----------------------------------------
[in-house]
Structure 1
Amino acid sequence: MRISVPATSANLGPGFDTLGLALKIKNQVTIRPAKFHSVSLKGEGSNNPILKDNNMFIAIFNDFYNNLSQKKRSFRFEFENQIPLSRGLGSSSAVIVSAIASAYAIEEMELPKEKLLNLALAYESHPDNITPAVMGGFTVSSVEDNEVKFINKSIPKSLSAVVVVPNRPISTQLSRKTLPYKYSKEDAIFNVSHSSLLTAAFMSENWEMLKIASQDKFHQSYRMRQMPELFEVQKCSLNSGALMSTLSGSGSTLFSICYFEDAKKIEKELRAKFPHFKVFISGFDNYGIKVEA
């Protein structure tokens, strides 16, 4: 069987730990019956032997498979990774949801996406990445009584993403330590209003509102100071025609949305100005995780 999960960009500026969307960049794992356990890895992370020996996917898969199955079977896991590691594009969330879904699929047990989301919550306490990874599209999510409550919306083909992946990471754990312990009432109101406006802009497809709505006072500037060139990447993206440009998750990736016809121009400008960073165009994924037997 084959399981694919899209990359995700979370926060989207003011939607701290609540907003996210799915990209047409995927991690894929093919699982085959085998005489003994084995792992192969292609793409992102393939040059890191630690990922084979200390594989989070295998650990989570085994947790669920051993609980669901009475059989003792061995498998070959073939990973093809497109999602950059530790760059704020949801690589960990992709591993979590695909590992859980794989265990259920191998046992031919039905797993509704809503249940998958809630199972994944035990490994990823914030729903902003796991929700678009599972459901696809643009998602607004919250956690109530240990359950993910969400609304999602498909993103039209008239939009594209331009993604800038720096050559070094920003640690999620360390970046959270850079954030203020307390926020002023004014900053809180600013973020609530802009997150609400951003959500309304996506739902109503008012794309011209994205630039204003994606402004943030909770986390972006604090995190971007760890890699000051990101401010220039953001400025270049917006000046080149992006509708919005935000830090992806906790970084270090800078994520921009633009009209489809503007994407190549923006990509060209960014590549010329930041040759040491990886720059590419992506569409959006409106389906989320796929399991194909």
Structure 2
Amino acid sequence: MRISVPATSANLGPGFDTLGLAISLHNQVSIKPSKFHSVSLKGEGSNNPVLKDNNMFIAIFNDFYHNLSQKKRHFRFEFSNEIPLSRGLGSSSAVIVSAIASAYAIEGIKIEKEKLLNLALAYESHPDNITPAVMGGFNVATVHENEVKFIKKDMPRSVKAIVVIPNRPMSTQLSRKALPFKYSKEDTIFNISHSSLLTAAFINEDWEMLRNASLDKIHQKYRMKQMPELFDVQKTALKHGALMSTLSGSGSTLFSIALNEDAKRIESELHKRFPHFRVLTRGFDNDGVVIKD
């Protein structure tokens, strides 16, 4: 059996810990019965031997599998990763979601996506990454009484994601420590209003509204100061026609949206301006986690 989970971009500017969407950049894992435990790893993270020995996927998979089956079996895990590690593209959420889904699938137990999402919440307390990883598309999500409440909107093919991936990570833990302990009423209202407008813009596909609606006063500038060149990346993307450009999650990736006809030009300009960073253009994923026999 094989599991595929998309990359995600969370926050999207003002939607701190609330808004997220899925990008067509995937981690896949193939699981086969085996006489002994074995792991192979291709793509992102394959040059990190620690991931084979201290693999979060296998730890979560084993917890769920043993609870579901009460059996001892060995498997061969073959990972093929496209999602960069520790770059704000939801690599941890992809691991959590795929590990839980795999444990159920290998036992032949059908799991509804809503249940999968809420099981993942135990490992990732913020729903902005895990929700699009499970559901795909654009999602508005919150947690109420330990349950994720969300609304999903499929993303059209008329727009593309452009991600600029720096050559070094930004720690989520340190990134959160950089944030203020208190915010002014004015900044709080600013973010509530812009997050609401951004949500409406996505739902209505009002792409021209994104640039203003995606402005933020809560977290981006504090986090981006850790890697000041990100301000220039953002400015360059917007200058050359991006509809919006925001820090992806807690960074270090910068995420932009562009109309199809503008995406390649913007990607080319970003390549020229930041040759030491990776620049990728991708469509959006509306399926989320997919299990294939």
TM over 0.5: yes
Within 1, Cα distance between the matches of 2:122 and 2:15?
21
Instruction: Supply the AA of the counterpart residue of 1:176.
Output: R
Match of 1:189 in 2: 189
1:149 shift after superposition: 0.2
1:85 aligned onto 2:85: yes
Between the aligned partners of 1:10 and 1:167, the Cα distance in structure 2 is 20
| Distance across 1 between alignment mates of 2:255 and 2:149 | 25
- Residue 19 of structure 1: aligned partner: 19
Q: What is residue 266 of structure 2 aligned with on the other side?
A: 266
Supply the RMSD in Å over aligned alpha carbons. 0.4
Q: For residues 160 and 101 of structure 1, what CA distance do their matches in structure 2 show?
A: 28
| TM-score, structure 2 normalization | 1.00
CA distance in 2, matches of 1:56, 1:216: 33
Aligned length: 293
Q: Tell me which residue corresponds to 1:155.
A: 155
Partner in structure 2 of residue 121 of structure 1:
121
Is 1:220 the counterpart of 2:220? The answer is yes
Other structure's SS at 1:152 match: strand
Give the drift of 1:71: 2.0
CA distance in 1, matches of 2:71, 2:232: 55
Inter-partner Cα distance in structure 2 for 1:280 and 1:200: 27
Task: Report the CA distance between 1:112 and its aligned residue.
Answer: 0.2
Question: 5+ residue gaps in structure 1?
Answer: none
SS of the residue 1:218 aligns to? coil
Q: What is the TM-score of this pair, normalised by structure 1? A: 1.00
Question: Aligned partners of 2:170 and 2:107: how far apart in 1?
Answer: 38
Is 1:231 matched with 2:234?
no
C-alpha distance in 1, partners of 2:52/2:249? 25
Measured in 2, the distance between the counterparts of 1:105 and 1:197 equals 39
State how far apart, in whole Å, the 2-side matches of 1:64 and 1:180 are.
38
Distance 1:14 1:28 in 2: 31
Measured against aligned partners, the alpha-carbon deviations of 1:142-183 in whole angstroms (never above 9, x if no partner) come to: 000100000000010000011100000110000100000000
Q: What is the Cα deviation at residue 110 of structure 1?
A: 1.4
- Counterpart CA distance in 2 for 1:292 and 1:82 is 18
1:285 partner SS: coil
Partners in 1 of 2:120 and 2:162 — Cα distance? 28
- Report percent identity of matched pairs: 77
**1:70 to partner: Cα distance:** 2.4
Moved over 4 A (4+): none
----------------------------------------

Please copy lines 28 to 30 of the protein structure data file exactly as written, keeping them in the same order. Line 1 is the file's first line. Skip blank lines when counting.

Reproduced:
A: 155
Partner in structure 2 of residue 121 of structure 1:
121